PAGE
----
In the insurance section of the 2018 Taiwan White Paper recently released by the American Chamber of Commerce in Taipei, the Insurance Committee offers a long-term roadmap to improving the insurance market in Taiwan and allowing citizens to take a more holistic view of their insurance protection needs.
The insurance penetration ratio of Taiwan, or the ratio of insurance premiums to GDP, is almost 20%, among the highest in the world. However, even with this high degree of penetration, many Taiwanese people remain underinsured because the amount of insurance bought is not sufficient to guarantee protection in situations where it is needed the most.
The Insurance Committee has compiled a series of recommendations designed to:
- Address the risks of living longer than expected, dying too soon, or being underinsured during one’s lifetime.
- Improve the customer experience by encouraging the introduction of new products.
- Bring regulation of the insurance industry’s investment management practices up to date by adopting regulations in line with global best practices.
One of the problems Taiwan currently faces is the rapid aging of its population. Two decades ago there were nearly 10 working-age people to support each senior citizen. Now that number has decreased to only 5.2, and if trends continue, it is estimated that by the year 2060 there will be only 1.3 working-age people for each senior citizen.
Longer life expectancy carries the risk of not having sufficient retirement funds later in life. Without adequate longevity protection, senior citizens might not have enough savings to last their entire lives, and their families might be forced to bear the burden. The opposite situation can occur when people die earlier than expected; their families might not receive enough money from insurance to make up for the loss of income. For both cases, the Insurance Committee emphasizes the need for greater understanding of the risks of going underinsured and encourages consumers to buy appropriate insurance policies.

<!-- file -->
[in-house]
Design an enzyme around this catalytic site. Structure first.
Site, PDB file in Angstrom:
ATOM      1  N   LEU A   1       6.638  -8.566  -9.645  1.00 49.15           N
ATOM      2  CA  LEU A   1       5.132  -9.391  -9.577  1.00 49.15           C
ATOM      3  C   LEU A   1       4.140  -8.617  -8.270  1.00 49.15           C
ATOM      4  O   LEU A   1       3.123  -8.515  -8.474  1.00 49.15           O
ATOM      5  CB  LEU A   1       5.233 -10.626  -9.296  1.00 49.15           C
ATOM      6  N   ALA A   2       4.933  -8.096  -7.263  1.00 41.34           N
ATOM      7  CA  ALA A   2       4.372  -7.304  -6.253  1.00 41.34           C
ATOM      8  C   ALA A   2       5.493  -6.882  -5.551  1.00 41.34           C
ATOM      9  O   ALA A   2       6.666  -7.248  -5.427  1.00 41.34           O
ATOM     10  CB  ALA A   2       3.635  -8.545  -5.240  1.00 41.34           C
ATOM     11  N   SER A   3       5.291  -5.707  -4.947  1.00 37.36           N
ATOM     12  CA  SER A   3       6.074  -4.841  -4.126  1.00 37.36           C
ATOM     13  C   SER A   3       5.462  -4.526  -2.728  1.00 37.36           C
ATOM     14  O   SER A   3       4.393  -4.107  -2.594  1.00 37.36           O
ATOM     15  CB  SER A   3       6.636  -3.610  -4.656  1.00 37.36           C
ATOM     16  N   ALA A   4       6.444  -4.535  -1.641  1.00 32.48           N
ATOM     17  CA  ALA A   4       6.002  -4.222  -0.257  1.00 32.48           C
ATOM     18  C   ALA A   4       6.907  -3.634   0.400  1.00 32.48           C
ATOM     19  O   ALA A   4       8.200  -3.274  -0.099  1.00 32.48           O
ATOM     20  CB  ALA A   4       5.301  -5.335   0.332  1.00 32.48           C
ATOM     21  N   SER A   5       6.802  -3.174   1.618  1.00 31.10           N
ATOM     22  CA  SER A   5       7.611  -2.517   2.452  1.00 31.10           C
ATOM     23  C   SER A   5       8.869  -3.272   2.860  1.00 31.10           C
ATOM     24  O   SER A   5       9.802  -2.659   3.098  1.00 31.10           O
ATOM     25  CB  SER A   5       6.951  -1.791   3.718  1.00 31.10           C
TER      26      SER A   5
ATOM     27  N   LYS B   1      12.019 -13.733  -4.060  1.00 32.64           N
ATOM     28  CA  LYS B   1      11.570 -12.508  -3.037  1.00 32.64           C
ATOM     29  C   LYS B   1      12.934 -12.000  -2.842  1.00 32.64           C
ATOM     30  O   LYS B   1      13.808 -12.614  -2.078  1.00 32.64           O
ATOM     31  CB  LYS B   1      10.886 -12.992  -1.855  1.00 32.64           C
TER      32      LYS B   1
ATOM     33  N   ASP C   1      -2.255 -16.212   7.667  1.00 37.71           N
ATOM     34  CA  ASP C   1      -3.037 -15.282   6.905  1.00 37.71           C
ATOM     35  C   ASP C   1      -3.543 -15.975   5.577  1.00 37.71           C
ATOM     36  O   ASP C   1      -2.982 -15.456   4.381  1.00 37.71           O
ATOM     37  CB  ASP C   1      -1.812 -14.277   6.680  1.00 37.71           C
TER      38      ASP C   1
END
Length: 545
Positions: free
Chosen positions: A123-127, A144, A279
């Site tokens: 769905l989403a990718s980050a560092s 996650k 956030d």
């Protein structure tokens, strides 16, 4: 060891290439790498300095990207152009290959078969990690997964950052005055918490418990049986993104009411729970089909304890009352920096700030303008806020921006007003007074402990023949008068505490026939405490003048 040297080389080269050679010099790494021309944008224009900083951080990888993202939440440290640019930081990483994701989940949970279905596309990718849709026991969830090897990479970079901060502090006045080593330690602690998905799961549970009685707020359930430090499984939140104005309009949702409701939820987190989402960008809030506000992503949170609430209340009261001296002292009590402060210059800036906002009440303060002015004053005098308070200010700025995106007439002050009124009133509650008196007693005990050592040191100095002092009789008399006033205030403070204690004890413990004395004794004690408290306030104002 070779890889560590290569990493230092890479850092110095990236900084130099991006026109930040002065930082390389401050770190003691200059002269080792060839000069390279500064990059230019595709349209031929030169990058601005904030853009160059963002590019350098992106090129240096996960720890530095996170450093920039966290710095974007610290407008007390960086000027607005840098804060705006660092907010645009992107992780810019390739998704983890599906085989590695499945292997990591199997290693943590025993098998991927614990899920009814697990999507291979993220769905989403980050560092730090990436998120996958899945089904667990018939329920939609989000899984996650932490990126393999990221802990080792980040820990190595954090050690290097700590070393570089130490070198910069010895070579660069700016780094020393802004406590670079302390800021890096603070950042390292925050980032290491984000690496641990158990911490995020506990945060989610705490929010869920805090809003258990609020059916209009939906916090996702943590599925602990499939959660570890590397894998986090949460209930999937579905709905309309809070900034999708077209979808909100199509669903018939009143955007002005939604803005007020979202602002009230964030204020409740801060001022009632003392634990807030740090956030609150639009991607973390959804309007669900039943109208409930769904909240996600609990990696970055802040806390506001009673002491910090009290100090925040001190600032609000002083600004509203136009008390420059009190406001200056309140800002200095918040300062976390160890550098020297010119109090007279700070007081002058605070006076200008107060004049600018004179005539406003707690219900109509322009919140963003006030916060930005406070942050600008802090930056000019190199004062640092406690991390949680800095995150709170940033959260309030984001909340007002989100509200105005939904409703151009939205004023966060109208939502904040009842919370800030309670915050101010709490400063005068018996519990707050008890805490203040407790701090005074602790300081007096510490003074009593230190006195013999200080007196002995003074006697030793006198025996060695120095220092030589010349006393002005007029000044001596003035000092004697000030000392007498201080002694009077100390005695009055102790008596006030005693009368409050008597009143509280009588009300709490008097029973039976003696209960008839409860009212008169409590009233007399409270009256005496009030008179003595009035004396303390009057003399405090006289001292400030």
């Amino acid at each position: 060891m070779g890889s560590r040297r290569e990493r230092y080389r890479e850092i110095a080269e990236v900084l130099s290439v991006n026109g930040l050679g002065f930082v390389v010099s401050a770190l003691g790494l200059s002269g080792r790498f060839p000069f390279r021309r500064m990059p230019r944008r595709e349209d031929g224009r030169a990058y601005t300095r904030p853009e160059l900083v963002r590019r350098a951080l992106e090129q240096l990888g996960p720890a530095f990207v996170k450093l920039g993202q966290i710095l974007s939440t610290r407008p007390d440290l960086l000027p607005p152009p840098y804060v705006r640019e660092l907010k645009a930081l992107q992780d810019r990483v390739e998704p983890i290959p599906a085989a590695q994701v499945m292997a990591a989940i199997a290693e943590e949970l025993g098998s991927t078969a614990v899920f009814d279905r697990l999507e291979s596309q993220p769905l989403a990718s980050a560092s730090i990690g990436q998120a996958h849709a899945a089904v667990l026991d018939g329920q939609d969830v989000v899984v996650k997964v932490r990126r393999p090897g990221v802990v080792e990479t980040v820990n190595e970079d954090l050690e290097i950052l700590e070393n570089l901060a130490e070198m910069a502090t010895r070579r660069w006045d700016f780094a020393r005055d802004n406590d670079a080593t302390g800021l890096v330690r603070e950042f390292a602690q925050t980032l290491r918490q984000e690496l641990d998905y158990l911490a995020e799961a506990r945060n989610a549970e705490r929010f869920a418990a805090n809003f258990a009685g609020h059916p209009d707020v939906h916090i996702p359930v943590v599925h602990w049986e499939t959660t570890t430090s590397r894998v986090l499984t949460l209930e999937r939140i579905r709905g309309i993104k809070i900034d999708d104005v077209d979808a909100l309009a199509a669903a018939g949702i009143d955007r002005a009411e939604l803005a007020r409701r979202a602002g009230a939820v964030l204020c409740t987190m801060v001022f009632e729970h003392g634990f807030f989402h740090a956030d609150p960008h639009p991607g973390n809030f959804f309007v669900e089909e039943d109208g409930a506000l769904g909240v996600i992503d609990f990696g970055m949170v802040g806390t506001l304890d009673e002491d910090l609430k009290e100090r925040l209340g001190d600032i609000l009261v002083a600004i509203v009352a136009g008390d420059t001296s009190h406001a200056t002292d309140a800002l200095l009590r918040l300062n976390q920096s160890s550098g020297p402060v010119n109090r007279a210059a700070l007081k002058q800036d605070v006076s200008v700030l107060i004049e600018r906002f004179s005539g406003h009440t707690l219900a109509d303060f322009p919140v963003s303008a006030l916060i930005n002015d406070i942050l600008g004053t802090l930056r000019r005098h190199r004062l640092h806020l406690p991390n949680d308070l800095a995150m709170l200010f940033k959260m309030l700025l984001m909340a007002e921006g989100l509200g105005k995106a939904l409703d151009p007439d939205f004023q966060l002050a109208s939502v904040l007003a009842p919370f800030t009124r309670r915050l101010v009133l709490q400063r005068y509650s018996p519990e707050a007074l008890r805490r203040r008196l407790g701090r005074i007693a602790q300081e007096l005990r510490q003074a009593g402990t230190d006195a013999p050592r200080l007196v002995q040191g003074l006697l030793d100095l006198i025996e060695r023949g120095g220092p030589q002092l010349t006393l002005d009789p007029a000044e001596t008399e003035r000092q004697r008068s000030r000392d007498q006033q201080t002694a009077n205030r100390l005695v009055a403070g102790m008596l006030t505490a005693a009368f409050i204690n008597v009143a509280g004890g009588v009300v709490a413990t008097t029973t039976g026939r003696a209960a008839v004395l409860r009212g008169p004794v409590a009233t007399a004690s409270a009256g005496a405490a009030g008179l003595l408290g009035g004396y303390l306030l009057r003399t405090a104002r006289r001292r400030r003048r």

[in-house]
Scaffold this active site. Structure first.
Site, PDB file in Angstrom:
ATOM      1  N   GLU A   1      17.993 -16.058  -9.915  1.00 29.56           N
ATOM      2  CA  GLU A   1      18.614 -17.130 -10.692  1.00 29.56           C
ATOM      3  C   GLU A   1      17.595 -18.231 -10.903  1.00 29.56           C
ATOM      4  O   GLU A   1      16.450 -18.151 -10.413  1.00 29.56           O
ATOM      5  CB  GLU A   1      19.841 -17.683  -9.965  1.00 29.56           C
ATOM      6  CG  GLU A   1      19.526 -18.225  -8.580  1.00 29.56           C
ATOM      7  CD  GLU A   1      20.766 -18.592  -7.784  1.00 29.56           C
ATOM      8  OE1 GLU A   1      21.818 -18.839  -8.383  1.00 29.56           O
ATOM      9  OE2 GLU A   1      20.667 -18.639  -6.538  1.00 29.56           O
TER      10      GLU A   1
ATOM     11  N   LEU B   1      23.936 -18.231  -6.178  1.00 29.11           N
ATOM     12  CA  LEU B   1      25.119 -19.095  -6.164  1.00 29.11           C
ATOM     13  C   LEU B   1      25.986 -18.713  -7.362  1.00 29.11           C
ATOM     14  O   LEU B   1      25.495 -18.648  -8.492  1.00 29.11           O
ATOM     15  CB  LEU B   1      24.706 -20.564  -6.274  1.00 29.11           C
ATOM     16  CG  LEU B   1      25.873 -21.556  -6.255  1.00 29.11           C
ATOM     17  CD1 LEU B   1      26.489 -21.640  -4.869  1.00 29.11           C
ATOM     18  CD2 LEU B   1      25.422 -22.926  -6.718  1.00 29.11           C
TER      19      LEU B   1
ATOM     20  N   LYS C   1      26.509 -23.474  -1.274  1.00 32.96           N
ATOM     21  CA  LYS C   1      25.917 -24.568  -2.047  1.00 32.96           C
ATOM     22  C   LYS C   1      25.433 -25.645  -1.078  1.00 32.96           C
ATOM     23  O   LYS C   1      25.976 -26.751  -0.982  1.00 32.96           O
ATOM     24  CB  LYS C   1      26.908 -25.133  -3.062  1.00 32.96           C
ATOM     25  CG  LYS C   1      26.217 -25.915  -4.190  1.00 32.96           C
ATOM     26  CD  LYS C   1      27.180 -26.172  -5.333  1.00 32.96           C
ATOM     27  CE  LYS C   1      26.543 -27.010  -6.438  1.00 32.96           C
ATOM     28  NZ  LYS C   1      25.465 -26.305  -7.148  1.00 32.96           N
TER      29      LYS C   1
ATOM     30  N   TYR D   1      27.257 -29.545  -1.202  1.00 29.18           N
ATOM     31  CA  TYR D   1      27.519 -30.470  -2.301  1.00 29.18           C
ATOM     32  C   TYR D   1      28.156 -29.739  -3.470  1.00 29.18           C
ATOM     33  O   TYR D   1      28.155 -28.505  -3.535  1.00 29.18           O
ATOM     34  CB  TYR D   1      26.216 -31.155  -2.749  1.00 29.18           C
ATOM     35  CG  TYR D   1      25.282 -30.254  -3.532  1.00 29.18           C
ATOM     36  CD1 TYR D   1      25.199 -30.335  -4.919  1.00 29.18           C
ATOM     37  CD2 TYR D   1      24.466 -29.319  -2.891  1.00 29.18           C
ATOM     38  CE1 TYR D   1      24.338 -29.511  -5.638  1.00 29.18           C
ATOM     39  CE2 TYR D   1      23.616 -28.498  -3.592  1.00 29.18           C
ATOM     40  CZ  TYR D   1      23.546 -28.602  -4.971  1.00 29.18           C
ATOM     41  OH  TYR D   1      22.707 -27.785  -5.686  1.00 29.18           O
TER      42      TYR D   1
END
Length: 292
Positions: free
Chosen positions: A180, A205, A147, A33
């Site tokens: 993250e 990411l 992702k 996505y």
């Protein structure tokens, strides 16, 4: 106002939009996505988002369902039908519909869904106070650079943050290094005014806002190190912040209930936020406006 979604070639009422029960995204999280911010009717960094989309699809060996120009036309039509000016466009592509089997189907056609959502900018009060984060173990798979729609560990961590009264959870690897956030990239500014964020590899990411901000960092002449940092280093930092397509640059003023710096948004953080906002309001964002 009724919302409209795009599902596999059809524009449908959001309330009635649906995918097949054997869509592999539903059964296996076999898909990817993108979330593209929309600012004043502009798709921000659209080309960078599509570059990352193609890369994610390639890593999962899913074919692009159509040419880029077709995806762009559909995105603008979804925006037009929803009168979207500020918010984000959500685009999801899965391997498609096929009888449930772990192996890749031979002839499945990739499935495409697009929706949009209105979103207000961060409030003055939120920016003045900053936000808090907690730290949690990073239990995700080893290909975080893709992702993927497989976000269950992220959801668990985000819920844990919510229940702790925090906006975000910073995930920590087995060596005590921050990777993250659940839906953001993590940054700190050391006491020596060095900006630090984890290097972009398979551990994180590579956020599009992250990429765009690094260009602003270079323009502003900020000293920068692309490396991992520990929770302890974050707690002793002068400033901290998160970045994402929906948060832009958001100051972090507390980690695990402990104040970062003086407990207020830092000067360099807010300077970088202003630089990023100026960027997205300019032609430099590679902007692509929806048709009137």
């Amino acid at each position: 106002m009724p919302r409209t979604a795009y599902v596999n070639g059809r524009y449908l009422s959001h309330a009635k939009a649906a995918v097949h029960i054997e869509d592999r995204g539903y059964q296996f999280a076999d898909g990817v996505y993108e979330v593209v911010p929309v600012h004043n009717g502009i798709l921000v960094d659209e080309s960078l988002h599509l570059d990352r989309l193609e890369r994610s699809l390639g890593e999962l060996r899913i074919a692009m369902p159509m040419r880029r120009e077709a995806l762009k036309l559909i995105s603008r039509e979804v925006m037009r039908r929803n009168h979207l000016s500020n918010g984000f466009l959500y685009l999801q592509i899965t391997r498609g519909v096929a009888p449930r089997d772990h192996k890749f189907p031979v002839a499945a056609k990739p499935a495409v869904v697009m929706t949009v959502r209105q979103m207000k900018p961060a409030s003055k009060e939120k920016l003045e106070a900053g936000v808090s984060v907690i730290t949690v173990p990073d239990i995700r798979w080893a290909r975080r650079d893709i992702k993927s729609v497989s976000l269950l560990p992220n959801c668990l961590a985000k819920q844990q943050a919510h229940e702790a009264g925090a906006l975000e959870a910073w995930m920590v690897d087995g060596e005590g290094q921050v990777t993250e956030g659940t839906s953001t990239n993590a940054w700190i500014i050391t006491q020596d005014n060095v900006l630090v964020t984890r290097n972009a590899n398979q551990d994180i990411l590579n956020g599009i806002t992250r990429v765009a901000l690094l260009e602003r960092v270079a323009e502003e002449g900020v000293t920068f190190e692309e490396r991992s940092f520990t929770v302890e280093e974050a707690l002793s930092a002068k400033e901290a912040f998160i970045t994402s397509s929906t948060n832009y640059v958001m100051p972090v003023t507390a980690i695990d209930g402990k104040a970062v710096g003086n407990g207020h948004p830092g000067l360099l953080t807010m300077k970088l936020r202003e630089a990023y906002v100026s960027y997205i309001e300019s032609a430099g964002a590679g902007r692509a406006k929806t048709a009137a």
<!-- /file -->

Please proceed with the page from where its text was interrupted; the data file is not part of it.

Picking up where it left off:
In order to promote flexibility and innovation, the Committee recommends that the Insurance Bureau form a dedicated team to improve the consumer experience. It suggests that the team look into ways of making the purchase of insurance policies more widely available online, as well as looking at ways of making the introduction of new products faster and more flexible. This would increase consumer choices, allowing the purchase of policies that best fit individual needs.
“People need to be able to go through a process where they can think about what’s most important to them, what are their highest goals in their life, and then they determine how they are going to be able to protect those priorities in case something unfortunate should happen,” says Dylan Tyson, CEO of Prudential Life Insurance Co. of Taiwan and co-chair of the AmCham Insurance Committee.
The Insurance Committee’s final suggestion was to allow insurers more diverse ways of investing their premium income from policyholders, bringing investment management regulations more in line with international standards.
For the full White Paper on insurance in Taiwan, click here.